PSEG officials have reached no decision about whether to push forward with a substation on Shelter Island or cables linking the Island to the North Fork.
But they will make the call even in the face of community opposition, believing they have legal standing to act.
The decision will be informed by which project provides the most reliable service to the Island and the least risk, according to PSEG Director of Communications Jeffrey Weir.
“I’m fine with that,” Supervisor Jim Dougherty said, declining further comment until he has received more information from PSEG. He expects to hear from them within the next couple of weeks, he said
Many Shelter Island residents who visited a Jamesport substation last July were adamantly against siting a similar facility in a residential neighborhood adjacent to the Historical Society on South Ferry Road.
There’s been no word until now about power options for the Island.
Other sites for a substation are still on the table, Mr. Weir said, and PSEG expects to be talking more about other options within the next few weeks.
Even if the utility company determines that the only viable substation site is the one originally proposed, that won’t mean it will abandon the possibility of a cable under the bay as the best solution to power needs, Mr. Weir said. And it isn’t a matter of which option is cheaper. “Cost is not a determining factor,” he added.
Southold Town residents, who took the brunt of the punishment in noise, dirt and disruption to their lives when the cable project was attempted in 2013, have been vocal enough that Supervisor Scott Russell threatened to take PSEG to court if it made a second attempt at that project.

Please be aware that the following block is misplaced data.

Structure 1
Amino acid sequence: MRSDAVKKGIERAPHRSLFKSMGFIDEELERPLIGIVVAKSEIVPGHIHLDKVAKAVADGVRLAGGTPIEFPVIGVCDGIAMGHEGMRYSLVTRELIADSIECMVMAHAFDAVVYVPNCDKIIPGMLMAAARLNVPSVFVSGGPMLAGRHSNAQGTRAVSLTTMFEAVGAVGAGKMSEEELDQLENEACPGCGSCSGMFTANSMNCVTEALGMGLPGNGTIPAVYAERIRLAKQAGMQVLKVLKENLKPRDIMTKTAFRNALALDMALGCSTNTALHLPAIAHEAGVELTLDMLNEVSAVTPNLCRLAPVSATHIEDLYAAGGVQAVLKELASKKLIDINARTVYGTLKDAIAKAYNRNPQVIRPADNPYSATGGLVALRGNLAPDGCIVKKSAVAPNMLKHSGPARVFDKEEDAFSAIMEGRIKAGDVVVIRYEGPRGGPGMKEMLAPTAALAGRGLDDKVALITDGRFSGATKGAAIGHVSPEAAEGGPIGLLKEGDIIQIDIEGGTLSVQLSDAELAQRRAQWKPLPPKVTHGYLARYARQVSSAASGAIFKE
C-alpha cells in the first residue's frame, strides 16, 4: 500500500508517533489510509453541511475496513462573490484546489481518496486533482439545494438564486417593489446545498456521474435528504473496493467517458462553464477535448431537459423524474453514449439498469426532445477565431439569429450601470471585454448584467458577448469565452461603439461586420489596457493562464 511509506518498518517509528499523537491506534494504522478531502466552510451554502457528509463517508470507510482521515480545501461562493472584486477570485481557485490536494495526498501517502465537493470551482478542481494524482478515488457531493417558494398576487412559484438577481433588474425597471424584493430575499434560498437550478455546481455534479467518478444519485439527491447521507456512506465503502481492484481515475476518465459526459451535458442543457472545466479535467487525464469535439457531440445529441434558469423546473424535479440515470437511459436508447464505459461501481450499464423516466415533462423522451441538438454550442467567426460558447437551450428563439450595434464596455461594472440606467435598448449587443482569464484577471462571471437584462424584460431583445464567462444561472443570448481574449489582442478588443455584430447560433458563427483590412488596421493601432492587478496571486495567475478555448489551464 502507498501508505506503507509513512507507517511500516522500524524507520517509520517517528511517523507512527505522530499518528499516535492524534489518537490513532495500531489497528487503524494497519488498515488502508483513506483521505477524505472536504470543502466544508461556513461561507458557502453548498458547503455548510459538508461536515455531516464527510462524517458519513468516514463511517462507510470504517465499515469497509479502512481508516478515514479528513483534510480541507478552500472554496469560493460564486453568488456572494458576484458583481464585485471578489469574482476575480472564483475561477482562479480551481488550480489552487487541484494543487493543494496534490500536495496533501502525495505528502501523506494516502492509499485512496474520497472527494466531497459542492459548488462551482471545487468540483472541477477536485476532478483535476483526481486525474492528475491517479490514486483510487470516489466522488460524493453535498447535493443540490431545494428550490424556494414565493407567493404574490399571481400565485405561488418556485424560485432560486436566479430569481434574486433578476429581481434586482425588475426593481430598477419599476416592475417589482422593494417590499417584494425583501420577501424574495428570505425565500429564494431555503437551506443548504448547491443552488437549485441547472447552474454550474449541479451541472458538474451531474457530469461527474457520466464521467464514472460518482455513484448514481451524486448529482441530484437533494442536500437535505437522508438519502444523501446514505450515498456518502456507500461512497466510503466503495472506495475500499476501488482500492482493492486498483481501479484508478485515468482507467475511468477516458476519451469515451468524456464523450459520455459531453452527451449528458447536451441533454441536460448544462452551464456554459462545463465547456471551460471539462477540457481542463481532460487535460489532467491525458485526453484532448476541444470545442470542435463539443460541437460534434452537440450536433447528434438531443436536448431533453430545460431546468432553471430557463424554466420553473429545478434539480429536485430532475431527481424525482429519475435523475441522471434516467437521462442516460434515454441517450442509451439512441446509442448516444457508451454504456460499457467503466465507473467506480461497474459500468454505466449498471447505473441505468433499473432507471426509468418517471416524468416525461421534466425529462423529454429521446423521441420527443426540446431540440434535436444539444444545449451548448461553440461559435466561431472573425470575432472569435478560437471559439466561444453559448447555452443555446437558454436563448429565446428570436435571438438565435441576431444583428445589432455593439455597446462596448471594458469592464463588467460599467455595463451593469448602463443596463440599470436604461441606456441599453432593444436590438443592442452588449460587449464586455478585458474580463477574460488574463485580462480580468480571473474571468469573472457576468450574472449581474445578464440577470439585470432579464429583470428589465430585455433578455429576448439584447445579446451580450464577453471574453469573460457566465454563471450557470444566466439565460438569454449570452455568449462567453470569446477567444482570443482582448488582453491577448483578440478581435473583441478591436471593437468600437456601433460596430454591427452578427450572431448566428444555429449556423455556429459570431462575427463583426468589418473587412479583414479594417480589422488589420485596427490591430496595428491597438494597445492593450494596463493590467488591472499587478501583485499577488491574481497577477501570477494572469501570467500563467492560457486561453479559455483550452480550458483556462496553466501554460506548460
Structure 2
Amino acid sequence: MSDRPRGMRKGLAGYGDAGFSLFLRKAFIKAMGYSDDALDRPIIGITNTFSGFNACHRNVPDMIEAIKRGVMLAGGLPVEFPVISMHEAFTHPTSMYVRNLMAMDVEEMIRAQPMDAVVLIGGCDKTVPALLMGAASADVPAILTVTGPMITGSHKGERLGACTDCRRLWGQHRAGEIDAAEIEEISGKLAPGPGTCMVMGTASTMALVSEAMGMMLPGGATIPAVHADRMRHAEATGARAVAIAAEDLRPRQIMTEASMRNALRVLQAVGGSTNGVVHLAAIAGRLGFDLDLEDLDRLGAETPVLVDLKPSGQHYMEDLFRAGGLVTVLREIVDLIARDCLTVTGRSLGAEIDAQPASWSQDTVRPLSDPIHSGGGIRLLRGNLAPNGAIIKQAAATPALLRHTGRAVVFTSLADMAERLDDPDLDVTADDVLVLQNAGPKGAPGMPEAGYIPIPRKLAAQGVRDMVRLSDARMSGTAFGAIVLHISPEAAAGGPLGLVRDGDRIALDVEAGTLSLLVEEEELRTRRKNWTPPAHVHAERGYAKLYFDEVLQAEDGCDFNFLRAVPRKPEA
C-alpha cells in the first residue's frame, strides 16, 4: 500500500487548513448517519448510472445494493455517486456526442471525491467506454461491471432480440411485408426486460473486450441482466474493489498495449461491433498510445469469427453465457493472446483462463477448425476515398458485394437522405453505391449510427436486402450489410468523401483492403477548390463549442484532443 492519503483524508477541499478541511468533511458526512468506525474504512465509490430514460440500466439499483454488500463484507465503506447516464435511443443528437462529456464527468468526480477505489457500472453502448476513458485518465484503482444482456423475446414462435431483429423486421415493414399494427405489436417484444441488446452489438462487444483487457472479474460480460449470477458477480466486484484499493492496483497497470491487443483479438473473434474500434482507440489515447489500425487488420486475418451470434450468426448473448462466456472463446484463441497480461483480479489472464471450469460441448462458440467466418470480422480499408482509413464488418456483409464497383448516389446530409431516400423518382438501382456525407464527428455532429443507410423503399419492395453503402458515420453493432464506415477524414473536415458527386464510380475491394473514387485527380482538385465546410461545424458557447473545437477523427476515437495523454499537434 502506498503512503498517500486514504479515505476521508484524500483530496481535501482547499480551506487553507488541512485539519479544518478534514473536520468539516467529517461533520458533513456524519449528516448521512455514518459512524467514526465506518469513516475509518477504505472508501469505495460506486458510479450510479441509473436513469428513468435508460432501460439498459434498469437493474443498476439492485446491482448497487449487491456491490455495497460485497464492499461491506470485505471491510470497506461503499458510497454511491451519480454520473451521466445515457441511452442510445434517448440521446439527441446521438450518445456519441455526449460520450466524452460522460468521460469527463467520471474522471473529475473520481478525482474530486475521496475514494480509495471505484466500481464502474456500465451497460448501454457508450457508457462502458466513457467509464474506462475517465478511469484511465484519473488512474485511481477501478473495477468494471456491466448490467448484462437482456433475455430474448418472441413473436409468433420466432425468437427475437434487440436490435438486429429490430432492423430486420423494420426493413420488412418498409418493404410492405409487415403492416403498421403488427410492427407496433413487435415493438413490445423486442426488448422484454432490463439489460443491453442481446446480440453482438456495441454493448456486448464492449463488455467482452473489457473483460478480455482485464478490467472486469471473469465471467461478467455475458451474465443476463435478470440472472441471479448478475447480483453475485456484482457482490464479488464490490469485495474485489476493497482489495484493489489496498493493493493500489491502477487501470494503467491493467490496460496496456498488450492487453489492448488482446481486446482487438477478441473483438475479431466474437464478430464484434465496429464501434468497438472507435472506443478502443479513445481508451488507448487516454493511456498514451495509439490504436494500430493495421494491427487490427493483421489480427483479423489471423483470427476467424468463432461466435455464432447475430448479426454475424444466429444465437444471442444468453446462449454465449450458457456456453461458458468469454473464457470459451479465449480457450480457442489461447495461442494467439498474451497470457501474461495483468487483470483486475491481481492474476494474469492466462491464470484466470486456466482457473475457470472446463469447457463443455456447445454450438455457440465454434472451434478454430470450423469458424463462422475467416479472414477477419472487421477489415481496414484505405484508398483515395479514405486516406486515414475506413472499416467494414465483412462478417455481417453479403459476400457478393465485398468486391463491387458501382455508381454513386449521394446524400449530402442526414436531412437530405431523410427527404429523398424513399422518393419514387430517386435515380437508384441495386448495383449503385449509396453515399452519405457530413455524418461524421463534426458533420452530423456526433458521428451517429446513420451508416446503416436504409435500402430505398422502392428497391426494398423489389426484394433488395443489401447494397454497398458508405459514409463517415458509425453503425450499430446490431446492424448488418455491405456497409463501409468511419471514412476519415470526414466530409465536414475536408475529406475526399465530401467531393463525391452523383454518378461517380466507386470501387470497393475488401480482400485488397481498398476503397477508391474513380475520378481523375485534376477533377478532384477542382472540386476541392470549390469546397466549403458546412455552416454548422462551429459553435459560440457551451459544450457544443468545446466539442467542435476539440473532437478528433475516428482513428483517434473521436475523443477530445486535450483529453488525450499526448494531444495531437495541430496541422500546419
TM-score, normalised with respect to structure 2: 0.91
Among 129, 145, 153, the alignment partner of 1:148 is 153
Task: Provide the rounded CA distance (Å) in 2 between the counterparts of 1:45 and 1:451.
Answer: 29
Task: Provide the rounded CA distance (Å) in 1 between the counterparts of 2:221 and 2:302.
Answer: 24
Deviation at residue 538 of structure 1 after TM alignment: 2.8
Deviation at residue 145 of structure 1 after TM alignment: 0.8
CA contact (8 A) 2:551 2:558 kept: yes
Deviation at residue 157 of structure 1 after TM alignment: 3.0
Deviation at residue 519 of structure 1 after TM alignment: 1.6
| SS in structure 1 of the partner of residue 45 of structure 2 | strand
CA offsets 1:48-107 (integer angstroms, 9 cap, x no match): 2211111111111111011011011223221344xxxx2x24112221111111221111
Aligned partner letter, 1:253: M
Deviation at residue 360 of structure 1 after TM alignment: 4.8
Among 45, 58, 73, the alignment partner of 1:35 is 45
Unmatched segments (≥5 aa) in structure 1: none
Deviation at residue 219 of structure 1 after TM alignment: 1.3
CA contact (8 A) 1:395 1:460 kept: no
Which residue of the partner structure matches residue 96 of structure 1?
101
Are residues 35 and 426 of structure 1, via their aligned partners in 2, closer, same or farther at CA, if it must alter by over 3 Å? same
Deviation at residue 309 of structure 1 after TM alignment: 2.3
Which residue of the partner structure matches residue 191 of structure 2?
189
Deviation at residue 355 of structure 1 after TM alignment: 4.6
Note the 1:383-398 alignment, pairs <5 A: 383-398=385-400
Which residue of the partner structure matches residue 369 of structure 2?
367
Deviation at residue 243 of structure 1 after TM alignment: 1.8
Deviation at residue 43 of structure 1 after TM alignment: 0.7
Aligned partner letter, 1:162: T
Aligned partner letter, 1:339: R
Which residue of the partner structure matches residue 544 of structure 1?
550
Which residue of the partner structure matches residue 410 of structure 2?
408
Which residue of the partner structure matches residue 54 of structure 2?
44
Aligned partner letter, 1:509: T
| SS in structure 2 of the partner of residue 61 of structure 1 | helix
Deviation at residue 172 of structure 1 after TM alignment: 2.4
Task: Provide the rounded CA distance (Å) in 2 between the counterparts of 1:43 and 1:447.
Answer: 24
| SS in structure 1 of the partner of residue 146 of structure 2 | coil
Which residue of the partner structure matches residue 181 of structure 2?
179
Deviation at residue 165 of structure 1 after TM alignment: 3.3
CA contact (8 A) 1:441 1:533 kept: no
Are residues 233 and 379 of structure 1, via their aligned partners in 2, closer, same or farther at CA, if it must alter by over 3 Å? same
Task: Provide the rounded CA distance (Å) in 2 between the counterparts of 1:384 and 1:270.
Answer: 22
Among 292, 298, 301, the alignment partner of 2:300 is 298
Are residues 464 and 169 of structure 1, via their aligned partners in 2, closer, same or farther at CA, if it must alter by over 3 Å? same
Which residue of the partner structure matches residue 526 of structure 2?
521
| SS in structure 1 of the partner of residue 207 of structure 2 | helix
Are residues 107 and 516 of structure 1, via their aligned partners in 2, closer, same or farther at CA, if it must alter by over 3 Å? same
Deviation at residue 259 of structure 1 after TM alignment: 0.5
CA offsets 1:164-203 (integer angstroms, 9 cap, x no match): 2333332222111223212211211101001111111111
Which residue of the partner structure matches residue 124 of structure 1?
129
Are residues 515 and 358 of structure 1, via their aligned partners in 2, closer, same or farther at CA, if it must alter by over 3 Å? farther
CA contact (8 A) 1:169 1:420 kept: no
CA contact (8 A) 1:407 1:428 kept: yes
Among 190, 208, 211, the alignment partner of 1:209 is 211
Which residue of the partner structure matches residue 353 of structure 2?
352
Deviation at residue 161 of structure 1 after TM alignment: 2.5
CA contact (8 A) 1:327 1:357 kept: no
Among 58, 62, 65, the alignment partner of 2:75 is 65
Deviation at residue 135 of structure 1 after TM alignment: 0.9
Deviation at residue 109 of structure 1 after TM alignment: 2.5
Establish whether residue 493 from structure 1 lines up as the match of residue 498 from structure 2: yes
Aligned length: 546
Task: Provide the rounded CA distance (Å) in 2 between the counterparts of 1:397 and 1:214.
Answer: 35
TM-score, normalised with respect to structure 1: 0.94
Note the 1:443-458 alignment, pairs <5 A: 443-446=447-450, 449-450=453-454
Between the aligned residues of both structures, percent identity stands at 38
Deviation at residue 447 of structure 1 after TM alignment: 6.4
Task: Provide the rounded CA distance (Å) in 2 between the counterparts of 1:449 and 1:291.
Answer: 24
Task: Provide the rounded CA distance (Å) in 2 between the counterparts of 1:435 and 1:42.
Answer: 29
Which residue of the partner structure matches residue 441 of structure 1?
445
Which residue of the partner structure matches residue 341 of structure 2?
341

The cable has been there for many years, Mr. Weir said. “So the precedent may be on the side of the utility,” he added.
No way, Mr. Russell responded. PSEG would need to obtain easements from Southold Town to use public road ends during the construction process, something the supervisor said is not going to happen. He told PSEG officials he wouldn’t allow the utility to set up a construction site on the mainland.
“Southold simply isn’t going to grant those easements,” Mr. Russell said.
As for the route of the cabling, the original attempt from Crescent Beach to Greenport remains the most viable since it’s the shortest distance between the two towns. What’s more, PSEG already knows the makeup of the soil and rocks on that route, according to Vincent Frigeria, a district manager at the power company.
Meanwhile, he said he’s confident the two lines that currently provide power to the Island will hold up.
Most of the Island’s power comes through an aged cable on the north side delivering 11 megawatts, while a cable from the south delivers three megawatts, Mr. Weir said. The company has been committed to providing mobile generators to the Island if there’s a breakdown in power flow, but that’s not expected to happen, he said.